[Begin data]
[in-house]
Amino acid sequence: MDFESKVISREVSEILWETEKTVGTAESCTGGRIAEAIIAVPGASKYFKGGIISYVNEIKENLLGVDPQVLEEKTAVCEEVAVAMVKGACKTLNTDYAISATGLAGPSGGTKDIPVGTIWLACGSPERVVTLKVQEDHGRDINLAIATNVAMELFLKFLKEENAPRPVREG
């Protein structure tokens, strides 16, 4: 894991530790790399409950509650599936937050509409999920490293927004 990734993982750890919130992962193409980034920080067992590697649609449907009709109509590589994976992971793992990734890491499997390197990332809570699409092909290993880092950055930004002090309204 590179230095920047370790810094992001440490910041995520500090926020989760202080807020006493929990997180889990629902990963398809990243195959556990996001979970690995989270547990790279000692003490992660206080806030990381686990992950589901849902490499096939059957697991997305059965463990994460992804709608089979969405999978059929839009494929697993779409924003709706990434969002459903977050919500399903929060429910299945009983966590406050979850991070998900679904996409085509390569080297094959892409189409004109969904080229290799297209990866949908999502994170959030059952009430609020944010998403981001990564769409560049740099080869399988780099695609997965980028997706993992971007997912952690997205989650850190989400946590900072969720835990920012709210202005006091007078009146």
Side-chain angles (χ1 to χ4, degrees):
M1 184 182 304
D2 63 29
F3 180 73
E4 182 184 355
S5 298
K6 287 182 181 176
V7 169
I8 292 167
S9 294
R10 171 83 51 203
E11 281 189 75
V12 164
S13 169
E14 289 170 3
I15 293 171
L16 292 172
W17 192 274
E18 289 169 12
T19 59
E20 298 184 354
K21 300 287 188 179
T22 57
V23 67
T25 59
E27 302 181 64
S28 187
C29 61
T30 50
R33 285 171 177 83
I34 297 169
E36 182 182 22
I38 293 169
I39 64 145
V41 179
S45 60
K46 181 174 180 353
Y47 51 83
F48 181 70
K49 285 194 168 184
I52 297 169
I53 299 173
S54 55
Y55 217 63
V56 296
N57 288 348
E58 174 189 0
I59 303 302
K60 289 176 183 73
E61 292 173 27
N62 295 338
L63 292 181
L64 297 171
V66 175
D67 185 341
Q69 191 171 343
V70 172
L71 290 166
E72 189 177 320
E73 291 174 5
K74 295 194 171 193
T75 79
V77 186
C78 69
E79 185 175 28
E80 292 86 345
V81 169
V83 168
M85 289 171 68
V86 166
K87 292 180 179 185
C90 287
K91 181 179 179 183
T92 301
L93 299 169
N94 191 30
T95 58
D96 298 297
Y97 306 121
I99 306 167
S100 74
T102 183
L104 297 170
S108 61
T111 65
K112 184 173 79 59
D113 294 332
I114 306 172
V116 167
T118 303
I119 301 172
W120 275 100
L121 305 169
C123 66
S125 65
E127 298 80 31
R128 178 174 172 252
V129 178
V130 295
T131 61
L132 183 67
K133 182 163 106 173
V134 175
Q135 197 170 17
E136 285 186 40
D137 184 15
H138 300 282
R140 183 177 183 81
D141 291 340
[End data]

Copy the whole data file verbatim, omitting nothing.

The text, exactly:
[in-house]
Amino acid sequence: MDFESKVISREVSEILWETEKTVGTAESCTGGRIAEAIIAVPGASKYFKGGIISYVNEIKENLLGVDPQVLEEKTAVCEEVAVAMVKGACKTLNTDYAISATGLAGPSGGTKDIPVGTIWLACGSPERVVTLKVQEDHGRDINLAIATNVAMELFLKFLKEENAPRPVREG
């Protein structure tokens, strides 16, 4: 894991530790790399409950509650599936937050509409999920490293927004 990734993982750890919130992962193409980034920080067992590697649609449907009709109509590589994976992971793992990734890491499997390197990332809570699409092909290993880092950055930004002090309204 590179230095920047370790810094992001440490910041995520500090926020989760202080807020006493929990997180889990629902990963398809990243195959556990996001979970690995989270547990790279000692003490992660206080806030990381686990992950589901849902490499096939059957697991997305059965463990994460992804709608089979969405999978059929839009494929697993779409924003709706990434969002459903977050919500399903929060429910299945009983966590406050979850991070998900679904996409085509390569080297094959892409189409004109969904080229290799297209990866949908999502994170959030059952009430609020944010998403981001990564769409560049740099080869399988780099695609997965980028997706993992971007997912952690997205989650850190989400946590900072969720835990920012709210202005006091007078009146």
Side-chain angles (χ1 to χ4, degrees):
M1 184 182 304
D2 63 29
F3 180 73
E4 182 184 355
S5 298
K6 287 182 181 176
V7 169
I8 292 167
S9 294
R10 171 83 51 203
E11 281 189 75
V12 164
S13 169
E14 289 170 3
I15 293 171
L16 292 172
W17 192 274
E18 289 169 12
T19 59
E20 298 184 354
K21 300 287 188 179
T22 57
V23 67
T25 59
E27 302 181 64
S28 187
C29 61
T30 50
R33 285 171 177 83
I34 297 169
E36 182 182 22
I38 293 169
I39 64 145
V41 179
S45 60
K46 181 174 180 353
Y47 51 83
F48 181 70
K49 285 194 168 184
I52 297 169
I53 299 173
S54 55
Y55 217 63
V56 296
N57 288 348
E58 174 189 0
I59 303 302
K60 289 176 183 73
E61 292 173 27
N62 295 338
L63 292 181
L64 297 171
V66 175
D67 185 341
Q69 191 171 343
V70 172
L71 290 166
E72 189 177 320
E73 291 174 5
K74 295 194 171 193
T75 79
V77 186
C78 69
E79 185 175 28
E80 292 86 345
V81 169
V83 168
M85 289 171 68
V86 166
K87 292 180 179 185
C90 287
K91 181 179 179 183
T92 301
L93 299 169
N94 191 30
T95 58
D96 298 297
Y97 306 121
I99 306 167
S100 74
T102 183
L104 297 170
S108 61
T111 65
K112 184 173 79 59
D113 294 332
I114 306 172
V116 167
T118 303
I119 301 172
W120 275 100
L121 305 169
C123 66
S125 65
E127 298 80 31
R128 178 174 172 252
V129 178
V130 295
T131 61
L132 183 67
K133 182 163 106 173
V134 175
Q135 197 170 17
E136 285 186 40
D137 184 15
H138 300 282
R140 183 177 183 81
D141 291 340